first_imgSeeing the recent video of Liz Bishop from WRGB Channel 6 News simultaneously spouting the same words as 55 other “newscasters” from different stations across the country stunned me. Categories: Letters to the Editor, Opinion That’s not how an independent news source should behave, and that’s because WRGB’s journalists aren’t independent. In fact, WRGB is owned by Sinclair Broadcast Group, a private Maryland-based company that owns over 190 television stations in the United States.When anchors Liz Bishop or Greg Floyd read the news, there’s no way to know if they wrote what they’re saying or if Sinclair scripted it for them.In addition to mandating what “newscasters” say on-air, Sinclair also mandates “must run” segments. So instead of allowing WRGB to focus its broadcast on local stories by local reporters, Sinclair restricts local input by requiring WRGB and other stations to air Sinclair-produced national segments, including the “Terrorism Alert Desk,” commentaries by Republican political analyst Boris Epshteyn, and pre-produced segments by Sinclair-owned Circa.Unless viewers and advertisers stand up and demand journalistic independence and integrity, Sinclair’s practices won’t change.I no longer watch WRGB Channel 6 News, and I plan to join others in protesting for journalistic integrity outside WRGB on April 26.JUDY BECK Saratoga SpringsMore from The Daily Gazette:EDITORIAL: Thruway tax unfair to working motoristsEDITORIAL: Find a way to get family members into nursing homesFoss: Should main downtown branch of the Schenectady County Public Library reopen?Schenectady, Saratoga casinos say reopening has gone well; revenue down 30%EDITORIAL: Beware of voter intimidationlast_img read more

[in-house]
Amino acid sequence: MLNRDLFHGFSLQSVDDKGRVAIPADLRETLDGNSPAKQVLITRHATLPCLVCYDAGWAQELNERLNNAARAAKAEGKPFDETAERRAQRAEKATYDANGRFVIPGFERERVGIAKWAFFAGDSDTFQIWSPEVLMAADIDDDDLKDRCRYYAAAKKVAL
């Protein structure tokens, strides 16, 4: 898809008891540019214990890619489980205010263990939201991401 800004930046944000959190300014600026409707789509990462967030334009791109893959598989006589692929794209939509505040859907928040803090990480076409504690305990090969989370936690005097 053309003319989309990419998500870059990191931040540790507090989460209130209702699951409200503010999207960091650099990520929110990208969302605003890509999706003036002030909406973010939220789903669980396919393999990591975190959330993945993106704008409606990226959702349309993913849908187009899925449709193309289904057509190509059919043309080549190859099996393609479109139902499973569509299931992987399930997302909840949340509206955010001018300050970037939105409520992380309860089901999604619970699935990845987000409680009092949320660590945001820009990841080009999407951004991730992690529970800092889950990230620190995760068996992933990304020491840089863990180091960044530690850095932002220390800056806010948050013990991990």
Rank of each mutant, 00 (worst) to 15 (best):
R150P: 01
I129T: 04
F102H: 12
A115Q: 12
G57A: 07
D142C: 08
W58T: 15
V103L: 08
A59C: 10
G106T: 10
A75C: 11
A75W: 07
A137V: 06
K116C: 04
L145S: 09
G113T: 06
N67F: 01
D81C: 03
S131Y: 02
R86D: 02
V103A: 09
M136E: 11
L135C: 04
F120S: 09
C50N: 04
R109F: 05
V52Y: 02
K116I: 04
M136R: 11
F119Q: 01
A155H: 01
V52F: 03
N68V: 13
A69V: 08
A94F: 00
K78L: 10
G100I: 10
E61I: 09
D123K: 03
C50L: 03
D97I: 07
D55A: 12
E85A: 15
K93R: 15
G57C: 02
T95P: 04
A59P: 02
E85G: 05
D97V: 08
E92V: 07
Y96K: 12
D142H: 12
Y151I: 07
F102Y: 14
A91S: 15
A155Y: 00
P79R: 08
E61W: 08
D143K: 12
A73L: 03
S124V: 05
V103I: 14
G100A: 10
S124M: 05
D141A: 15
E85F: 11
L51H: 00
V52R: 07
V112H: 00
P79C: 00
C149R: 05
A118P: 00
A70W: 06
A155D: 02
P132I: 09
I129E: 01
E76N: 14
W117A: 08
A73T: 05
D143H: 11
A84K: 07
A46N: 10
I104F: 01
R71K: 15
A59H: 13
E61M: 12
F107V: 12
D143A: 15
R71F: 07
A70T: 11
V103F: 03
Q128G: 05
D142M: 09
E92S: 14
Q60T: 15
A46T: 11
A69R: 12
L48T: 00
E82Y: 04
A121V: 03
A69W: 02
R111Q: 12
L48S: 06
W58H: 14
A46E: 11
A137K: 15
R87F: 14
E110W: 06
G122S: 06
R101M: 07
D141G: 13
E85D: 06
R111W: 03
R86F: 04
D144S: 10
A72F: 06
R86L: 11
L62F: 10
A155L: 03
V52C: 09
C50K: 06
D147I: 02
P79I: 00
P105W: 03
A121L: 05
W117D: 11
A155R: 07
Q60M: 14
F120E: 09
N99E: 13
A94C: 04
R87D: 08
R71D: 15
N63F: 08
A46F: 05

Guest Column: Community supports families of Schoharie limo crash victims, thanks first responders